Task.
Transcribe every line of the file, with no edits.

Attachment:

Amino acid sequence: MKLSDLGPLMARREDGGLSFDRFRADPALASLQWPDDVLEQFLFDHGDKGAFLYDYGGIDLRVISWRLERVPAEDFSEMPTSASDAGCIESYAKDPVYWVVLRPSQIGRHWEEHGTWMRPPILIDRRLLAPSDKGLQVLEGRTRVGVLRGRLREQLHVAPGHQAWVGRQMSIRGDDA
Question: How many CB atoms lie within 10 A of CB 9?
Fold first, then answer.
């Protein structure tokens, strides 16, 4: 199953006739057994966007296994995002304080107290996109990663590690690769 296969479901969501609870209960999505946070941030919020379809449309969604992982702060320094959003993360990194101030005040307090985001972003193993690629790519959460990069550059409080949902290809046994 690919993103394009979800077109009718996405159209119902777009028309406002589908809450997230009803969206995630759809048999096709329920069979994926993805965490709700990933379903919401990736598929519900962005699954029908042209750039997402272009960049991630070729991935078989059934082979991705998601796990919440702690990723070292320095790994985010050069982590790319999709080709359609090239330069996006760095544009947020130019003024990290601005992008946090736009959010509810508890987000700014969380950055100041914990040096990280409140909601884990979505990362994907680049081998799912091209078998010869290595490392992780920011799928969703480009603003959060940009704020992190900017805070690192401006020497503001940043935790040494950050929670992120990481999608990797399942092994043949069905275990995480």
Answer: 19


Amino acid sequence: MKLSDLGPLMARREDGGLSFDRFRADPALASLQWPDDVLEQFLFDHGDKGAFLYDYGGIDLRVISWRLERVPAEDFSEMPTSASDAGCIESYAKDPVYWVVLRPSQIGRHWEEHGTWMRPPILIDRRLLAPSDKGLQVLEGRTRVGVLRGRLREQLHVAPGHQAWVGRQMSIRGDDA
Question: How many CB atoms lie within 10 A of CB 9?
Fold first, then answer.
């Protein structure tokens, strides 16, 4: 199953006739057994966007296994995002304080107290996109990663590690690769 296969479901969501609870209960999505946070941030919020379809449309969604992982702060320094959003993360990194101030005040307090985001972003193993690629790519959460990069550059409080949902290809046994 690919993103394009979800077109009718996405159209119902777009028309406002589908809450997230009803969206995630759809048999096709329920069979994926993805965490709700990933379903919401990736598929519900962005699954029908042209750039997402272009960049991630070729991935078989059934082979991705998601796990919440702690990723070292320095790994985010050069982590790319999709080709359609090239330069996006760095544009947020130019003024990290601005992008946090736009959010509810508890987000700014969380950055100041914990040096990280409140909601884990979505990362994907680049081998799912091209078998010869290595490392992780920011799928969703480009603003959060940009704020992190900017805070690192401006020497503001940043935790040494950050929670992120990481999608990797399942092994043949069905275990995480």
Answer: 19